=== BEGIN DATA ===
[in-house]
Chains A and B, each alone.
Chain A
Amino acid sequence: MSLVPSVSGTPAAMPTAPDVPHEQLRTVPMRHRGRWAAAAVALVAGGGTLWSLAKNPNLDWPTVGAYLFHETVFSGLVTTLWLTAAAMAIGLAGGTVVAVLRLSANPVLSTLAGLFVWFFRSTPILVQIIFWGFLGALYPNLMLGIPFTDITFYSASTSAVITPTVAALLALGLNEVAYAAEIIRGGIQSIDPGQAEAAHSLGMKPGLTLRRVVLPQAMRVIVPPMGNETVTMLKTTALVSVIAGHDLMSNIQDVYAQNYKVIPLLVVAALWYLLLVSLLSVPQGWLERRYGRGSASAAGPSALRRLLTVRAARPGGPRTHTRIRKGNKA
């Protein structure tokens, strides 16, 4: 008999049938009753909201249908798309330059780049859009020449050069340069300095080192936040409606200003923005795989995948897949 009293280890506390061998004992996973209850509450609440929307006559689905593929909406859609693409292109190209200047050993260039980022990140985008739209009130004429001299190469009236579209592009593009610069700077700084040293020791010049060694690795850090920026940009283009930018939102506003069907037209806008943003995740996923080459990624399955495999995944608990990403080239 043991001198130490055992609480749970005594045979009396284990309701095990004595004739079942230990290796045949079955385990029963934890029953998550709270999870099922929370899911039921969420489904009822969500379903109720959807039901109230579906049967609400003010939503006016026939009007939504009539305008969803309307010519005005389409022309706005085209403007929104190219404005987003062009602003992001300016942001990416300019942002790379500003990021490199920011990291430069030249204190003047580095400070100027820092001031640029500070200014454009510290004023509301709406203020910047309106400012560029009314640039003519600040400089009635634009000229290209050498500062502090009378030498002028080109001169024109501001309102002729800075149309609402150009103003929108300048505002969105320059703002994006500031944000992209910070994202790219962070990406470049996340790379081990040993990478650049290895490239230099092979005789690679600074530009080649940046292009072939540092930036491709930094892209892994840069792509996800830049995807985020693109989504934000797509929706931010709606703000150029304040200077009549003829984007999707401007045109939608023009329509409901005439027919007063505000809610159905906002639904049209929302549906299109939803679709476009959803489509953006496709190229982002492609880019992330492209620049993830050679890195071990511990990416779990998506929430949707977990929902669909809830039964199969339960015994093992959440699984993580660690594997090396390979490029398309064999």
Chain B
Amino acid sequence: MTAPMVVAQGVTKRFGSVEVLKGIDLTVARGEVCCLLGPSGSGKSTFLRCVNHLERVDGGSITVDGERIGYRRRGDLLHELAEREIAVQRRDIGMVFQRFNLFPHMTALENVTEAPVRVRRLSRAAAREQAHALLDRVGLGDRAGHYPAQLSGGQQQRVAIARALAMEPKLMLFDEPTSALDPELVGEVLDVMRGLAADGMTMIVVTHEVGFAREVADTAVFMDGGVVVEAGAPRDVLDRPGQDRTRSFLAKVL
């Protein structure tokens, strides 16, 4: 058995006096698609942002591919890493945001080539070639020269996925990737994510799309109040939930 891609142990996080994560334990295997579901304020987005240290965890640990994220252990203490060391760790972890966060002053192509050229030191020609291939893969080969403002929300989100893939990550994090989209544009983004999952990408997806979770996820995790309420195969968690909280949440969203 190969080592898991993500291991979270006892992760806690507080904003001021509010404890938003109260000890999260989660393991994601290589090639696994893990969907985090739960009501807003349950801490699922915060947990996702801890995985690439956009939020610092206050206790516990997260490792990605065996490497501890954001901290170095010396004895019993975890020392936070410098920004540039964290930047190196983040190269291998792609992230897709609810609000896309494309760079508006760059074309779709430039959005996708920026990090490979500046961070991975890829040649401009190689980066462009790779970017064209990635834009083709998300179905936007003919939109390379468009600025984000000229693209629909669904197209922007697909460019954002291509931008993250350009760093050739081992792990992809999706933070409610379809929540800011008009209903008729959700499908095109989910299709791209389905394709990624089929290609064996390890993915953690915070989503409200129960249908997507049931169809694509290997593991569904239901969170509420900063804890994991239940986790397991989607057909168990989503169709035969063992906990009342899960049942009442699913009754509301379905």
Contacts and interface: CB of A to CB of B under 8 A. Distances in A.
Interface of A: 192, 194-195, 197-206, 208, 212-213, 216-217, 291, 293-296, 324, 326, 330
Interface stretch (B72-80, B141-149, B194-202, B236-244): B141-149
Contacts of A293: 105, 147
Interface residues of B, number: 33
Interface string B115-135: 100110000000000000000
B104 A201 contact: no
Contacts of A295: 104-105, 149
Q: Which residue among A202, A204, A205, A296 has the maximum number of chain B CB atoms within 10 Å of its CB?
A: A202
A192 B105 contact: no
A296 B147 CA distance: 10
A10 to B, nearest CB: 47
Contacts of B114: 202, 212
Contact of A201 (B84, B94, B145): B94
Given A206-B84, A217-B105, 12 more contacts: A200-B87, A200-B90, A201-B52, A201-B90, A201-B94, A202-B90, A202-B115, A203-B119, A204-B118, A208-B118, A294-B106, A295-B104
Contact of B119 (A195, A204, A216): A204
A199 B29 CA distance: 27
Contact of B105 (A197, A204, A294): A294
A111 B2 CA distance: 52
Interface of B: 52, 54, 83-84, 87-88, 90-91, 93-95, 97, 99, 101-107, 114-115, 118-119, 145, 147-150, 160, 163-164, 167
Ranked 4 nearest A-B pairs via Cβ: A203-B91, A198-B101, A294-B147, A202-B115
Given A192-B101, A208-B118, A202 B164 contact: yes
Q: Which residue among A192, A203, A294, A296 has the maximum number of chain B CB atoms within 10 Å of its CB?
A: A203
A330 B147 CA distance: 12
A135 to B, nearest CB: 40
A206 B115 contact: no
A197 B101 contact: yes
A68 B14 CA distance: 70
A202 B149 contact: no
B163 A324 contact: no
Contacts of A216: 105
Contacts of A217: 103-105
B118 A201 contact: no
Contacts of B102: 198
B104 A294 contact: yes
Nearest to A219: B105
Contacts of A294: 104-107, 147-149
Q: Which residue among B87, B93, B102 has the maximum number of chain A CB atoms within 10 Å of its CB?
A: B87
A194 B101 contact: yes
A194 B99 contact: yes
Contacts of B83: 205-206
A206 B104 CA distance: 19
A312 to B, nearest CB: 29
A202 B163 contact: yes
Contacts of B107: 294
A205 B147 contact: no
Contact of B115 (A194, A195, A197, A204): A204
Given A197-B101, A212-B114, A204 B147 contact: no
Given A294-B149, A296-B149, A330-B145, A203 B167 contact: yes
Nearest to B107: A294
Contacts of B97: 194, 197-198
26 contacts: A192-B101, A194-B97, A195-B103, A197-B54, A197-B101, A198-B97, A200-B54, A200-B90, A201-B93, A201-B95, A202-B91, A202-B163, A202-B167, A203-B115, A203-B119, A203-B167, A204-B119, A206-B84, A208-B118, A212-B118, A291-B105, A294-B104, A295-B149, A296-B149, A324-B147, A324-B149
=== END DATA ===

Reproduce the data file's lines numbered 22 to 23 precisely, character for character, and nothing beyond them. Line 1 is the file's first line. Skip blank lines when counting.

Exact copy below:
Contacts of B114: 202, 212
Contact of A201 (B84, B94, B145): B94